Bringing a (mud) fever down

Mud fever can strike whenever a horse’s skin is injured or weakened due to damp conditions or other infections. And with this damp weather not looking like it’s going anywhere soon, you may want to take a look at our guide to cause and prevention of mud fever.

Common causes of mud fever
Mud fever is caused by a bacteria (Dermatophilus congolensis ) that invades the skin causing weeping sores and scabs which enable the bacteria to spread. It’s very contagious, and without proper precautions it may spread to other horses.  Horses that have contracted it once may be prone to further bouts of the disease, and those with white legs and heavy feathering are more susceptible to developing it. Although it commonly appears when horses have been standing around in mud, it can also develop as a result of other conditions which weaken the skin such as fungal infections, mange or harvest mites, or injuries and irritation from working amongst straw stubble or from sand in an arena. This makes it harder to treat, as it won’t resolve until the predisposing condition is treated too, and that can be hard to detect.

Preventing mud fever
The best way to help to prevent mud fever is to take care of the skin on your horse’s legs. This can be managed in several ways:
•    Feed a supplement to help strengthen the skin. There are several available such as Think Mud or Mud Gard which contain anti-oxidants and zinc to help prevent mud fever setting in.
•    Avoid weakening or damaging your horse’s skin. Guard against injuries from rubbing, insect bites or sand/gravel in an arena. Avoid scrubbing the skin or rinsing off mud with a high pressure hose, as you may make your horse more susceptible. Horses with long hair on their legs (feathering) may benefit from having it cut – but not clipped. Conventional horse clippers will take too much hair away, leaving the skin exposed. It’s also better to let mud dry and to brush it off than to rinse it away, unless you’re careful to pat dry and then dry the legs with a hairdryer (with a circuit breaker).
•    Make sure your horse doesn’t stand around in muddy conditions. Avoid allowing your horses to continually churn up the same piece of ground, and try to keep them away from sodden low-lying areas.  Putting hardcore down in gateway areas can also help to reduce mud.
•    Apply a barrier cream, boots or bandages. Protective boots and bandages can be useful during turnout providing you take care to ensure that mud doesn’t get underneath them. Alternatively applying a barrier cream such as zinc or castor oil to clean dry legs can help. However they may not completely prevent the bacteria finding it’s way into your horse’s skin in extremely muddy conditions, and should be removed before the horse is stabled. Specialist shampoos are available containing tea-tree or other antibacterials that may help to guard against infection.

Spotting mud fever early
Mud fever is easier to treat if it’s caught early and any any pre-disposing factors such as mange mites are treated at the same time. If mud fever is allowed to seriously set in, it can cause great pain, cracked heels and lameness. Something you should do every day is inspect your horse’s legs to make sure that they’re healthy. If your horse has swollen legs, is in pain or you suspect a secondary infection, you should call your vet immediately.

Treating mud fever
•    Change the environment. Take the infected horse out of muddy or damp conditions, and stable with clean, dry and non-irritant bedding such as paper, cardboard or rubber matting. Exercise it on a lead rein in dry conditions where it’s unlikely to suffer further skin injury, such as on a road.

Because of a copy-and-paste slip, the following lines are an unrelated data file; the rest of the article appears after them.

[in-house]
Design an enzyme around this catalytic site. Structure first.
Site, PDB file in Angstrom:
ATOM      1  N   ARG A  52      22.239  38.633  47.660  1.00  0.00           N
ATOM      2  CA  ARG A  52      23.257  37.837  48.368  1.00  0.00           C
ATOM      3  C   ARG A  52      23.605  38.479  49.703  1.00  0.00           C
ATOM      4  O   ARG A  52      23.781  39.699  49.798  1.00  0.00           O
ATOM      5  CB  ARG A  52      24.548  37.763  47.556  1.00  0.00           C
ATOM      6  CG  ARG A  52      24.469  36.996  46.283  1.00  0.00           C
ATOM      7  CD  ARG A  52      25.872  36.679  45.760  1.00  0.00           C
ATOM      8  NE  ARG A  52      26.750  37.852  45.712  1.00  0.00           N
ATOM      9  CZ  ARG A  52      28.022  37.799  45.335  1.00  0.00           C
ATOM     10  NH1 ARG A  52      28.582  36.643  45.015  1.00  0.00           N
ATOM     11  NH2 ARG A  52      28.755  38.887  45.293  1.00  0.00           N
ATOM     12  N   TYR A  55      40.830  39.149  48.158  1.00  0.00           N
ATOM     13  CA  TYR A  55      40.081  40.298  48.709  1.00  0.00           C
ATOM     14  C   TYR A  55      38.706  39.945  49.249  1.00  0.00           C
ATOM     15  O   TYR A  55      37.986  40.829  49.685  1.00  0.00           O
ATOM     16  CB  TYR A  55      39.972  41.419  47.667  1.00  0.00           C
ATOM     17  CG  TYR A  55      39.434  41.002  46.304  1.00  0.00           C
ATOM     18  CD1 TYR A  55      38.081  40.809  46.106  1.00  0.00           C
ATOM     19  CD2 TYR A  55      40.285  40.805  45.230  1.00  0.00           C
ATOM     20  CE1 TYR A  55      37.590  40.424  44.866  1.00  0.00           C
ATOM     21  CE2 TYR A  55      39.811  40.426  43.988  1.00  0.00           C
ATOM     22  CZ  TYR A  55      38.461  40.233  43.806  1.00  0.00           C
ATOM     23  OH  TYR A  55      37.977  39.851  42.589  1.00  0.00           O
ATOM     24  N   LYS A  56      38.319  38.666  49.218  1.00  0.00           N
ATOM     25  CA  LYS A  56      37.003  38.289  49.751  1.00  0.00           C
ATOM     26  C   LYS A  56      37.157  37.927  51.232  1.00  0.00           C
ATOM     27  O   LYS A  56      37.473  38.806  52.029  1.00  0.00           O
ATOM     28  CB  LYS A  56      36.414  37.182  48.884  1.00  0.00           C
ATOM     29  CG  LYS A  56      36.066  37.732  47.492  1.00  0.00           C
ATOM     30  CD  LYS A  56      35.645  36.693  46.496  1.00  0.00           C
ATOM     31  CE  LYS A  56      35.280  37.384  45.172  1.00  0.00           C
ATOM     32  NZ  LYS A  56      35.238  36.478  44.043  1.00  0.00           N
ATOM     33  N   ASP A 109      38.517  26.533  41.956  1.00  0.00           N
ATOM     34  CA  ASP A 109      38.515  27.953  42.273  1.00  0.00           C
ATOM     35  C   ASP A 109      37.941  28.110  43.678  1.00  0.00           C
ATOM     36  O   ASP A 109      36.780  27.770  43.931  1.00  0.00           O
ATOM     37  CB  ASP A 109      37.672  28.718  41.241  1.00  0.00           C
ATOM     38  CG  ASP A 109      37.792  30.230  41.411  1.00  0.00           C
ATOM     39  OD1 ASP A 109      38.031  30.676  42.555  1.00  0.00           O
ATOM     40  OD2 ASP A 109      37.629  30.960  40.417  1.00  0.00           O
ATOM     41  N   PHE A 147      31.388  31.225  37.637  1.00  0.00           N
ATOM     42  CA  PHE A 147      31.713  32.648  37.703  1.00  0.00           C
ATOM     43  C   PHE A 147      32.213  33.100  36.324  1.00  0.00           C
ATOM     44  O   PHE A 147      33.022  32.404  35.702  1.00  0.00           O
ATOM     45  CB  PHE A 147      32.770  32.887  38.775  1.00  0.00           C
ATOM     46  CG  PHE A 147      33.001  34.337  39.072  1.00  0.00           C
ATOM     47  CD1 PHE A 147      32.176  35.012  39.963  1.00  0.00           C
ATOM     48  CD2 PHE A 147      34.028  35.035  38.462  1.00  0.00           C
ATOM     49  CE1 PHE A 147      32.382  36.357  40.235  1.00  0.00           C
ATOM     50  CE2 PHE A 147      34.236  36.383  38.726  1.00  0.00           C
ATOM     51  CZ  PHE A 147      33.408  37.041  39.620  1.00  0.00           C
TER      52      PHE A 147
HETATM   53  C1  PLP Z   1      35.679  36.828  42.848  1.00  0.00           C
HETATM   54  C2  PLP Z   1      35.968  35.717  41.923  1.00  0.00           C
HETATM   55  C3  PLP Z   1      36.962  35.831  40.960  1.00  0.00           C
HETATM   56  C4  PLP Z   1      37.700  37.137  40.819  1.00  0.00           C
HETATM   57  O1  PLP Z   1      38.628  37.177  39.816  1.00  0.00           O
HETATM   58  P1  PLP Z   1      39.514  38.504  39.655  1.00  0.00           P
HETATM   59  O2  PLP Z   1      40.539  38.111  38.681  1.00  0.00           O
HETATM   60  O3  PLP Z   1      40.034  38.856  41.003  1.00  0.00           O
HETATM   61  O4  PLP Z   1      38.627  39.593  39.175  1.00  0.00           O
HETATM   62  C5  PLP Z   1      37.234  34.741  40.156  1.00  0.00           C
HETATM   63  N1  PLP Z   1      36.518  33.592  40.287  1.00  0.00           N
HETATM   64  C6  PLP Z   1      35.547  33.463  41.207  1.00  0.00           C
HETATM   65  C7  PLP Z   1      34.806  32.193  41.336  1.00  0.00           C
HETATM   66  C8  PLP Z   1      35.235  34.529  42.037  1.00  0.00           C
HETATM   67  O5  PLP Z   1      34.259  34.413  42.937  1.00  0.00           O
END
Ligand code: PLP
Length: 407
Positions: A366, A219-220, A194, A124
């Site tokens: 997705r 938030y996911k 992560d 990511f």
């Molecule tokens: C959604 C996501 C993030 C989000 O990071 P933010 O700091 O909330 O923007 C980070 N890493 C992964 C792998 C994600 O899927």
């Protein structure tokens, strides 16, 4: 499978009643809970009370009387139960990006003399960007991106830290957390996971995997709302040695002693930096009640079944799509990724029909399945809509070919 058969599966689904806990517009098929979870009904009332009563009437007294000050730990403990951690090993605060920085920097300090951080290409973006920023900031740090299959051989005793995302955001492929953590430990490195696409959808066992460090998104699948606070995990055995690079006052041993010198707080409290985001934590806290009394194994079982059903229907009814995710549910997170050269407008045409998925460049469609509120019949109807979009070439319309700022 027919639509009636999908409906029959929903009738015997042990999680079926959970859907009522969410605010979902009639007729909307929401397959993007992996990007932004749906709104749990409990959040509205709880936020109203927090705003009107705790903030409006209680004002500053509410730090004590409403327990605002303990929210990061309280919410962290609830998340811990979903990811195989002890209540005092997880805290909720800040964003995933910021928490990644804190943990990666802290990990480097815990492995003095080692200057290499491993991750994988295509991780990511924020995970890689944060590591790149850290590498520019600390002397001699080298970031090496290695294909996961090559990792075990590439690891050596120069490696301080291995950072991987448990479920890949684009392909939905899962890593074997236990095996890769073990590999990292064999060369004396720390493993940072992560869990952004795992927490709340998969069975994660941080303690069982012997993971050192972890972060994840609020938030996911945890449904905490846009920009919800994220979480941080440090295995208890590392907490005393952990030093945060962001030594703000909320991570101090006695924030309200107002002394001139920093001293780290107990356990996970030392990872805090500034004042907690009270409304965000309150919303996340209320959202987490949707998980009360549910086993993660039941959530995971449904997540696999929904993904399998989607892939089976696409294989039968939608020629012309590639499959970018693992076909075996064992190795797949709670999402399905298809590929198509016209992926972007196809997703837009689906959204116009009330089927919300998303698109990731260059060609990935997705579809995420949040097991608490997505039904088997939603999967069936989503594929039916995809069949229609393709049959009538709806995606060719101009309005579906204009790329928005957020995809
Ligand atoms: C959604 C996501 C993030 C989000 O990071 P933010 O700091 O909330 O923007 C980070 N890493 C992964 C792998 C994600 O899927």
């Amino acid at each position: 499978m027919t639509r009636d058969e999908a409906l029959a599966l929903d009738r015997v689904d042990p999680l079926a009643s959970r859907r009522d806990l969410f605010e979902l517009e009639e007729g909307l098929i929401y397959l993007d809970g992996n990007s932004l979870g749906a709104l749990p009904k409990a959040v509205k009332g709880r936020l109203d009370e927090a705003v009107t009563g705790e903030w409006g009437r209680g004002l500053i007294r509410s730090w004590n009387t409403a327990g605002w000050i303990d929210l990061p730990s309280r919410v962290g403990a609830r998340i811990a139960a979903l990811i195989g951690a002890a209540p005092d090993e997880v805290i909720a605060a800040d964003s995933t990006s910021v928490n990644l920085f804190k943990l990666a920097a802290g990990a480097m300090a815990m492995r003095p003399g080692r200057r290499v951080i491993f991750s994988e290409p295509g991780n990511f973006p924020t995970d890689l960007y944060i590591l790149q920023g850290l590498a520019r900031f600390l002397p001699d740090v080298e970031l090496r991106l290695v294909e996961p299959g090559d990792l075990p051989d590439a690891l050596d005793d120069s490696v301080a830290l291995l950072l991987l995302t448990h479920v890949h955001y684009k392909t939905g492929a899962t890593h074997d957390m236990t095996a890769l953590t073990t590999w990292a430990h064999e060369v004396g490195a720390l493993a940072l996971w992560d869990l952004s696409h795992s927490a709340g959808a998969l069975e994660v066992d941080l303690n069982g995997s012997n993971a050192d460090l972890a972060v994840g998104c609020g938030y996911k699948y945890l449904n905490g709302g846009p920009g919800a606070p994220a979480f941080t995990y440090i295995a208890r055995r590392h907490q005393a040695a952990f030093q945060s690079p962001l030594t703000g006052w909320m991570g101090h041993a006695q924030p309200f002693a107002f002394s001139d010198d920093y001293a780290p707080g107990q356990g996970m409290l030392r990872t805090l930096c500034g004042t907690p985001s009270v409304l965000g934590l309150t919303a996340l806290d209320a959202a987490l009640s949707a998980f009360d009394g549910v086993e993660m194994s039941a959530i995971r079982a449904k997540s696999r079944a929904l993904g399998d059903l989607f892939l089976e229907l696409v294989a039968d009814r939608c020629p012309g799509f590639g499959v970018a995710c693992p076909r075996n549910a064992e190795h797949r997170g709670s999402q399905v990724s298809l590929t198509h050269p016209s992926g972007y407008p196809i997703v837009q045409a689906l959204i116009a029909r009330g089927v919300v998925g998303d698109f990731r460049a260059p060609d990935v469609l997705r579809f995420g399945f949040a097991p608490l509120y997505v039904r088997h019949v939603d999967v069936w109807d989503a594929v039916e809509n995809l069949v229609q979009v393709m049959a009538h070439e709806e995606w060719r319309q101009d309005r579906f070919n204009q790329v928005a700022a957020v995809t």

•    Remove any scabs. Scabs harbour the problem bacteria and help it to spread. They remain infectious for 42 months after removal so it’s important to dispose of them carefully and to disinfect any equipment you use to trim hair or groom and infected horse. Bathe the affected areas gently with an antiseptic wash such as Hibiscrub, rinse and pat dry with paper towels. Dry carefully with a hairdryer equipped with a circuit breaker and take care not to burn the already delicate skin. Disinfect the stables of infected animals regularly.
•    Treat with topical creams. There are many emollient gels and creams to soothe the skin and help it to heal, including some with antibiotics. A recent addition to some of these is silver, which is a strong antibacterial and can help to speed healing.
•    Dress open wounds. Any open wounds remaining after the scabs are removed need to be left to ‘breathe’ for an hour a day, and then dressed with a non adhesive dressing under cotton wool or gauze held in place under bandages. Some owners maintain that bandages encourage moisture to accumulate, making things worse. If preferred a wound gel or powder may be applied instead. The legs will need to be bathed and dressed afresh daily.
•    Administer antibiotics. Severe cases will also require a long course of antibiotics for up to 10 days after the infection has cleared together with anti-inflammatories to reduce pain and swelling. Of course you’d need to consult with your veterinary surgeon.
•    Exercise gently. This may be painful, but very gentle exercise in-hand will encourage circulation and help to speed healing.
•    Maintain good aftercare. After the lesions are healed the bandages may be removed, but care should be taken that the newly healed skin doesn’t suffer any fresh injury from abrasions etc. and the legs should be kept clean and dry. Make sure your horse has been protected from tetanus.

If in any doubt at all contact your veterinary surgeon who will be able to give you professional advice.

Naylors - Equestrian | Country | Pet